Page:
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Sugar Reflotation: An Alternative Method for Sorting Flotation-Derived Heavy Fraction Samples
Tristram R. Kidder
Journal of Field Archaeology
Vol. 24, No. 1 (Spring, 1997), pp. 39-45
Published by: Taylor & Francis, Ltd.
Stable URL: http://www.jstor.org/stable/530559
Page Count: 7
You can always find the topics here!Topics: Sugars, Chemicals, Bones, Flood damage, Materials recovery, Field archaeology, Clay soils, Archaeological methods, Soil water, Light water
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Flotation systems cannot always achieve 100% separation of carbonized plant remains from archaeological samples. When soils are especially clay-rich or moist, the effectiveness of flotation decreases. As a result, paleoethnobotanical specimens are frequently mixed with heavy fraction remains and require a second stage of processing to isolate them from other artifacts. Although chemical flotation techniques provide one means of separating carbonized plant remains from heavy fractions, these methods can be expensive and frequently require the use of hazardous or toxic chemicals. This paper describes an alternative method of processing heavy fractions using sugar to increase the specific gravity of solution. We use one gallon of tap water mixed with 2.5 lb of sugar to form a solution with an approximate specific gravity of 1.11 g/ml. This solution is capable of floating charcoal and seeds, but is not dense enough to float bone, lithics, or fired clay. Using this technique, recovery rates between 96-100% were obtained from samples excavated in the Mississippi Valley of NE Louisiana. Modern plant remains were carbonized and subjected to the sugar reflotation procedure. Results of these experiments indicate that this method does not lead to excessive breakage or damage. The sugar flotation method is inexpensive, easy to use, does not unnecessarily harm the carbonized plant materials, and achieves consistently high rates of recovery.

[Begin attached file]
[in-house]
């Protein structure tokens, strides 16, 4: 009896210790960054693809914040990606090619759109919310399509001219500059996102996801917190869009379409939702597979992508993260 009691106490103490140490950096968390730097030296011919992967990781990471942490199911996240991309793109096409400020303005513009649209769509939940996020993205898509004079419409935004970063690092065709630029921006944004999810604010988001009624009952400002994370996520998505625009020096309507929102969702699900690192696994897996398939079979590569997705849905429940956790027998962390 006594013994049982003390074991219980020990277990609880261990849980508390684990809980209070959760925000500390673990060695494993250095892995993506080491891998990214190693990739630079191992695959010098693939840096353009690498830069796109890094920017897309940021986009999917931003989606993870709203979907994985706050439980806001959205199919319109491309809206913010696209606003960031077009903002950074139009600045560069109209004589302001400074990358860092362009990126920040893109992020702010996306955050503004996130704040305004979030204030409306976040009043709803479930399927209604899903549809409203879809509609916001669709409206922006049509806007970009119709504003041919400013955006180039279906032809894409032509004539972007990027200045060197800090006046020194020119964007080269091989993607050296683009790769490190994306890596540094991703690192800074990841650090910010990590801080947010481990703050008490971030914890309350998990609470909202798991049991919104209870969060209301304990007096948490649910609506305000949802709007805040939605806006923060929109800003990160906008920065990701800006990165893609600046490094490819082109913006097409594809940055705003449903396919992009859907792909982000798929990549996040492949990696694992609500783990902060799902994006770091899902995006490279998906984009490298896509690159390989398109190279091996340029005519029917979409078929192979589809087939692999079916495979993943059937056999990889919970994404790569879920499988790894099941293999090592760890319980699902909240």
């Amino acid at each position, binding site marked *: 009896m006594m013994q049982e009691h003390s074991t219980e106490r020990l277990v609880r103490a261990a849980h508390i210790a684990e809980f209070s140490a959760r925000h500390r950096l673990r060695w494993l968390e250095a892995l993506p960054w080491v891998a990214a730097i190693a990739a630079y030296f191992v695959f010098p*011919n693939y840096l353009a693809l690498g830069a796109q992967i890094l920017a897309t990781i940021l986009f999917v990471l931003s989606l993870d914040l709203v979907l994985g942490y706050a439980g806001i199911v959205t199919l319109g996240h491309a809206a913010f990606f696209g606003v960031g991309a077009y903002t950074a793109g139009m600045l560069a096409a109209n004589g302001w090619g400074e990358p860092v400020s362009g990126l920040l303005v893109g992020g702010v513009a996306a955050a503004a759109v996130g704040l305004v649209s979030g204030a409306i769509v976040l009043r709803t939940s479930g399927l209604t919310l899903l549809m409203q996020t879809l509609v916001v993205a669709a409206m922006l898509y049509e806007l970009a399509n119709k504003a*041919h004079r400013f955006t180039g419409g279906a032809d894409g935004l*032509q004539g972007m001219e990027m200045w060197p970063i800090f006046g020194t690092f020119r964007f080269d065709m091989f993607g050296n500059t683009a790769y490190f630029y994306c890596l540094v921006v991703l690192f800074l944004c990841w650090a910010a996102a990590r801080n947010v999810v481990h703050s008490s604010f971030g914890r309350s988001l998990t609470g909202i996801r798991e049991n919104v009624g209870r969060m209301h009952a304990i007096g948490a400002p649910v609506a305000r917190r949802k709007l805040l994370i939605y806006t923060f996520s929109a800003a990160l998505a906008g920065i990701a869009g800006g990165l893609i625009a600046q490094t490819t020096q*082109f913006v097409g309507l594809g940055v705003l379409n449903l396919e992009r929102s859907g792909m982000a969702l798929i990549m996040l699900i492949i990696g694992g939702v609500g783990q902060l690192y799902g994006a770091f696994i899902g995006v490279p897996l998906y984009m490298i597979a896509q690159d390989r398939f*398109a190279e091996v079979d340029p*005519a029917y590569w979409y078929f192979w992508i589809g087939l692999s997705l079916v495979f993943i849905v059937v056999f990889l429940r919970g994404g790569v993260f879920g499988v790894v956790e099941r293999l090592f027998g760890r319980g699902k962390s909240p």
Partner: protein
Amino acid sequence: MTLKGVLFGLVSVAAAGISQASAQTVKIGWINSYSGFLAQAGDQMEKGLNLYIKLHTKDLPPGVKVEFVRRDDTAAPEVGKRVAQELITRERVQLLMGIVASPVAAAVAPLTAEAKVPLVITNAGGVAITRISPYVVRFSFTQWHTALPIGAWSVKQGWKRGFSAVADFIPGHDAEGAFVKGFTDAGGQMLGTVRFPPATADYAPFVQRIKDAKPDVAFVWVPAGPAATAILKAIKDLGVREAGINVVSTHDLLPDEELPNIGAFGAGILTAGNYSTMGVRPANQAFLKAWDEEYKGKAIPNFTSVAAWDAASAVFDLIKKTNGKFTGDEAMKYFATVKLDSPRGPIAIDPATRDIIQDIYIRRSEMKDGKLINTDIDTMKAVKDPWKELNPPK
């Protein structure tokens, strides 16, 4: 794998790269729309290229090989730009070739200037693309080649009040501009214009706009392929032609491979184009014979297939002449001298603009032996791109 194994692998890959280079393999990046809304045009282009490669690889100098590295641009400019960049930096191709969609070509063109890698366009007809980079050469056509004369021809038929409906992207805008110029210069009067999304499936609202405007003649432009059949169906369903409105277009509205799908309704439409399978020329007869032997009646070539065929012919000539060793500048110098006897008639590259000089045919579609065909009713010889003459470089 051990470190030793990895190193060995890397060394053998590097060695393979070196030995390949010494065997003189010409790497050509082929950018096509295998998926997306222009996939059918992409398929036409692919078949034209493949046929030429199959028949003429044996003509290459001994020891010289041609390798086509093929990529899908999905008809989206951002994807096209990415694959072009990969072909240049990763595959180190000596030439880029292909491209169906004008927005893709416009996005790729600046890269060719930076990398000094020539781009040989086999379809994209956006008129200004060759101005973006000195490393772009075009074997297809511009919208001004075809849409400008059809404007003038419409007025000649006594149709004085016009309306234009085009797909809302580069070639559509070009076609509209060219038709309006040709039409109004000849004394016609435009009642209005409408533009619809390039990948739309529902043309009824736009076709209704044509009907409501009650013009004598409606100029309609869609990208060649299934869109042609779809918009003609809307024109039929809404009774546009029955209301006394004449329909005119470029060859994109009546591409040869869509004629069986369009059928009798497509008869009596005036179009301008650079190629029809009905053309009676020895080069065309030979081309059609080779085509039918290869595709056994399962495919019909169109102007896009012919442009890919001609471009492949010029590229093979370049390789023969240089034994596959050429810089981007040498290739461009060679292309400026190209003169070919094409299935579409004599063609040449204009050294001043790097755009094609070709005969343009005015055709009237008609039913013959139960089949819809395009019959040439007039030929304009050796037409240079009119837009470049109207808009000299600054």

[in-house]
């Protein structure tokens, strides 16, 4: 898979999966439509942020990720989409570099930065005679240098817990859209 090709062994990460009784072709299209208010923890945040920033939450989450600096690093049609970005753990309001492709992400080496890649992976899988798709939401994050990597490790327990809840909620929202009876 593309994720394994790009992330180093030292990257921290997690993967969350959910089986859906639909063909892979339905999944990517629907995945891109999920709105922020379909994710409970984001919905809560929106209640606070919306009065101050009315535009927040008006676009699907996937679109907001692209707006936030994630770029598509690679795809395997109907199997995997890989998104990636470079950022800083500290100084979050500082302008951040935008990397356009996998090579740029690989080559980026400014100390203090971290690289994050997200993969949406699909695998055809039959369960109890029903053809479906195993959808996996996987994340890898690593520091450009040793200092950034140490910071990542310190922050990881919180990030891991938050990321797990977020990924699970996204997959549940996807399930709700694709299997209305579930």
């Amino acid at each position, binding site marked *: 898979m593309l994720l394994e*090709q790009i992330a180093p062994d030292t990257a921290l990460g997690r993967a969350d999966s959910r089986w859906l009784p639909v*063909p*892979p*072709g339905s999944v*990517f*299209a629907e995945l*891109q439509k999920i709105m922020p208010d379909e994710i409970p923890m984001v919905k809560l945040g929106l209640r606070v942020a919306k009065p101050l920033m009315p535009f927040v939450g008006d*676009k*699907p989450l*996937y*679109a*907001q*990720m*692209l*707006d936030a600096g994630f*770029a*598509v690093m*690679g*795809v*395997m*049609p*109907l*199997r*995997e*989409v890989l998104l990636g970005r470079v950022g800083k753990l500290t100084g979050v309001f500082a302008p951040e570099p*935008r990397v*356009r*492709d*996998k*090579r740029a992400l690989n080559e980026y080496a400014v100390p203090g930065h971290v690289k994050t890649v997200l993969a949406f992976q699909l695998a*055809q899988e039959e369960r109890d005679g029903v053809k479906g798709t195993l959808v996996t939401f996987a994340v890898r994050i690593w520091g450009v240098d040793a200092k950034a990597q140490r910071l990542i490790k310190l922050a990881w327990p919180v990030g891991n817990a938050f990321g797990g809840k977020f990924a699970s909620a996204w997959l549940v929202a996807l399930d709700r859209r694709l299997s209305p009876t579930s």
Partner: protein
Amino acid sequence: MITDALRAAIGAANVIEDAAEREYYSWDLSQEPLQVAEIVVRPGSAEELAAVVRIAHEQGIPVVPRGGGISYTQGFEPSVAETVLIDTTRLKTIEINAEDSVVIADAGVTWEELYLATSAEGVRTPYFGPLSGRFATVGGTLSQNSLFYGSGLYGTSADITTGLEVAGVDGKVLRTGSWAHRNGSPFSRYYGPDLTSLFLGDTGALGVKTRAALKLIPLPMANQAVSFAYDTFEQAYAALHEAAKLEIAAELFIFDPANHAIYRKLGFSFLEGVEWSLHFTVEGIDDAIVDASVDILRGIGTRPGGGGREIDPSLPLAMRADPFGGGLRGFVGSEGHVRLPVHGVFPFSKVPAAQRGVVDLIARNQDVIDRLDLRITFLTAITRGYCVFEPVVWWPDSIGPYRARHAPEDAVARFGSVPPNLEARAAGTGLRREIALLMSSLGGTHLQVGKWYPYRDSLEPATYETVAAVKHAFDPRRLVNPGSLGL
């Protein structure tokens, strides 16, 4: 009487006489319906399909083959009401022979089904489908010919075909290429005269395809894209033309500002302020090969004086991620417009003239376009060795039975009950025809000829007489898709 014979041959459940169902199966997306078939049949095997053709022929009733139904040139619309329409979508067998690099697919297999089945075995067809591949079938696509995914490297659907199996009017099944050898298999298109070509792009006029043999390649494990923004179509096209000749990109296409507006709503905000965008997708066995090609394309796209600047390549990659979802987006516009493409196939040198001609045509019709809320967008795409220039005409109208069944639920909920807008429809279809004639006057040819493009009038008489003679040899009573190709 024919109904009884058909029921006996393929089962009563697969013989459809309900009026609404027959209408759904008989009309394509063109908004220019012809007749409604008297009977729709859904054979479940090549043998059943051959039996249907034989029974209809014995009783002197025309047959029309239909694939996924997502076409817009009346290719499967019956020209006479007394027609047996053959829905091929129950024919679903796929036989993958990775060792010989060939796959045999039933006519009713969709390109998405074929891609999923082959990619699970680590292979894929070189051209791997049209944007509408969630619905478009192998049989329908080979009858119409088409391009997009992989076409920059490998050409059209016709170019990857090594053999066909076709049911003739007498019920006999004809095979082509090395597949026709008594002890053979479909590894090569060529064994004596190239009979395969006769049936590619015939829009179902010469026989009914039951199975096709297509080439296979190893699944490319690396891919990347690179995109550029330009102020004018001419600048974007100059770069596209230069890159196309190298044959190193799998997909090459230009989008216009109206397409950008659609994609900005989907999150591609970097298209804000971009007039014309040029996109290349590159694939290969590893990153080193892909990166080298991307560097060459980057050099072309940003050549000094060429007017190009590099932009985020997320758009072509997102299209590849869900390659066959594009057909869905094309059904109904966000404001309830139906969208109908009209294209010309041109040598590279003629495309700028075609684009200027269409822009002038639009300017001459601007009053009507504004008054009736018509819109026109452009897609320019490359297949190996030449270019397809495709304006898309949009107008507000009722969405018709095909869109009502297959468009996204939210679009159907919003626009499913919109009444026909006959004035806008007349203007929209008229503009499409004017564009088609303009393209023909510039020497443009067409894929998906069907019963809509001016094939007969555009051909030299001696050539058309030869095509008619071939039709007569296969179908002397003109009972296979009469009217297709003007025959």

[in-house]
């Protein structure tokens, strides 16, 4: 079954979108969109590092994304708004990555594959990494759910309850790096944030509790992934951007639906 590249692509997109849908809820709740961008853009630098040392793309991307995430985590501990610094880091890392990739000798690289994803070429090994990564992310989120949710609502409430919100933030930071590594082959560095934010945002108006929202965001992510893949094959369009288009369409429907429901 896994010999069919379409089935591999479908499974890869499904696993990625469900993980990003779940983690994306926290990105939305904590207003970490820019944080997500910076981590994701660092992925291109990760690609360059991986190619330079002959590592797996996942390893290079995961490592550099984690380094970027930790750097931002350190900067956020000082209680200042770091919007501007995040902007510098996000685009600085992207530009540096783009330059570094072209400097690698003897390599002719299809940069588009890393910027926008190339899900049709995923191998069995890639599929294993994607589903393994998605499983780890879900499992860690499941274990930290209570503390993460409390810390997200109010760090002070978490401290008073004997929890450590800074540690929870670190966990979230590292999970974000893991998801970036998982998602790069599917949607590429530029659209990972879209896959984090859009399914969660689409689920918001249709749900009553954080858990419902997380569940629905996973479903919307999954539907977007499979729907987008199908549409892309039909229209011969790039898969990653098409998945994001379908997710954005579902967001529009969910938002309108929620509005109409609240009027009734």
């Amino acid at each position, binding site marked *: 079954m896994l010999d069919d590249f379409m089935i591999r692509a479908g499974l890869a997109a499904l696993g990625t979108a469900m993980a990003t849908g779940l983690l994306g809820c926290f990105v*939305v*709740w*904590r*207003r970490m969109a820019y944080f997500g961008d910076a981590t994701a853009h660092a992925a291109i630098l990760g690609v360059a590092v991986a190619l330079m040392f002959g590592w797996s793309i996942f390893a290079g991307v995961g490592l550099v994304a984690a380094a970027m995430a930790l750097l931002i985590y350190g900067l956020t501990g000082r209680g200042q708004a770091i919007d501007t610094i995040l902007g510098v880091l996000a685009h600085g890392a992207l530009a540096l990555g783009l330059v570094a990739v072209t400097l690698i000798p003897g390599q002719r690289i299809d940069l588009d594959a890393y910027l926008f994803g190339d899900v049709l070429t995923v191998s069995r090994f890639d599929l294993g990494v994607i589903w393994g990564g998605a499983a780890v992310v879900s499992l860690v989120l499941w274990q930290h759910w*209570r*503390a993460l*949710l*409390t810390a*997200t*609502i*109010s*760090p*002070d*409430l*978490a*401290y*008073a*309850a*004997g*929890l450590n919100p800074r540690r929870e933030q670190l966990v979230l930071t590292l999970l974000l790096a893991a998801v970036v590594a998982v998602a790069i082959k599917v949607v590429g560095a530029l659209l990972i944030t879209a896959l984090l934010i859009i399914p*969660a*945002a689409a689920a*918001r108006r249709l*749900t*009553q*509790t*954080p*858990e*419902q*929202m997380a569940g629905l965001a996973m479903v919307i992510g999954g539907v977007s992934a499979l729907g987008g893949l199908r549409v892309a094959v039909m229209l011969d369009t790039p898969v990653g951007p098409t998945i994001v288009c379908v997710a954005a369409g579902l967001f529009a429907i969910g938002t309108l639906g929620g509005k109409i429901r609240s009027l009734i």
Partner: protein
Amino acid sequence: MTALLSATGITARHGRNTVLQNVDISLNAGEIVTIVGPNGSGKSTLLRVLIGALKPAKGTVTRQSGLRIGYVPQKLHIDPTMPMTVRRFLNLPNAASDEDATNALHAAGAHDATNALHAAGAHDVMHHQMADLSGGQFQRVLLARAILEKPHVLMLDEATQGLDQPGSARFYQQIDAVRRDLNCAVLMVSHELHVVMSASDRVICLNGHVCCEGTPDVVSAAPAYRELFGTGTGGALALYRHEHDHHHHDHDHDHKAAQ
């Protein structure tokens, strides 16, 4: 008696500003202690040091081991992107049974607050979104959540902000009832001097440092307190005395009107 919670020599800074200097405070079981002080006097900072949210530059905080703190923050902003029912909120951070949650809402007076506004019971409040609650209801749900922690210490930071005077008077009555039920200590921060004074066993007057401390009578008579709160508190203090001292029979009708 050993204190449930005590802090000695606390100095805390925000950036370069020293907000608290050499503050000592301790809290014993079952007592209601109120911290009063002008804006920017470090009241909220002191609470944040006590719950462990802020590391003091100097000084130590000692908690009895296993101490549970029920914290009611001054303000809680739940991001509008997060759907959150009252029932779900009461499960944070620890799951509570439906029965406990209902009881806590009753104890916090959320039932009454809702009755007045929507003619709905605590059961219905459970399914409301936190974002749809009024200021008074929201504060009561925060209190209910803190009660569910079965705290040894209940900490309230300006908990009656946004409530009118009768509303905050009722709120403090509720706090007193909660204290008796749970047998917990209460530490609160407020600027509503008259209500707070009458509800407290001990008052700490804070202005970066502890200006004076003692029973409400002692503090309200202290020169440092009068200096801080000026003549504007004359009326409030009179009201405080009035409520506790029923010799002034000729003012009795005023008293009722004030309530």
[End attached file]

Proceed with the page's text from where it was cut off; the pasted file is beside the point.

Journal of Field Archaeology © 1997 Taylor & Francis, Ltd.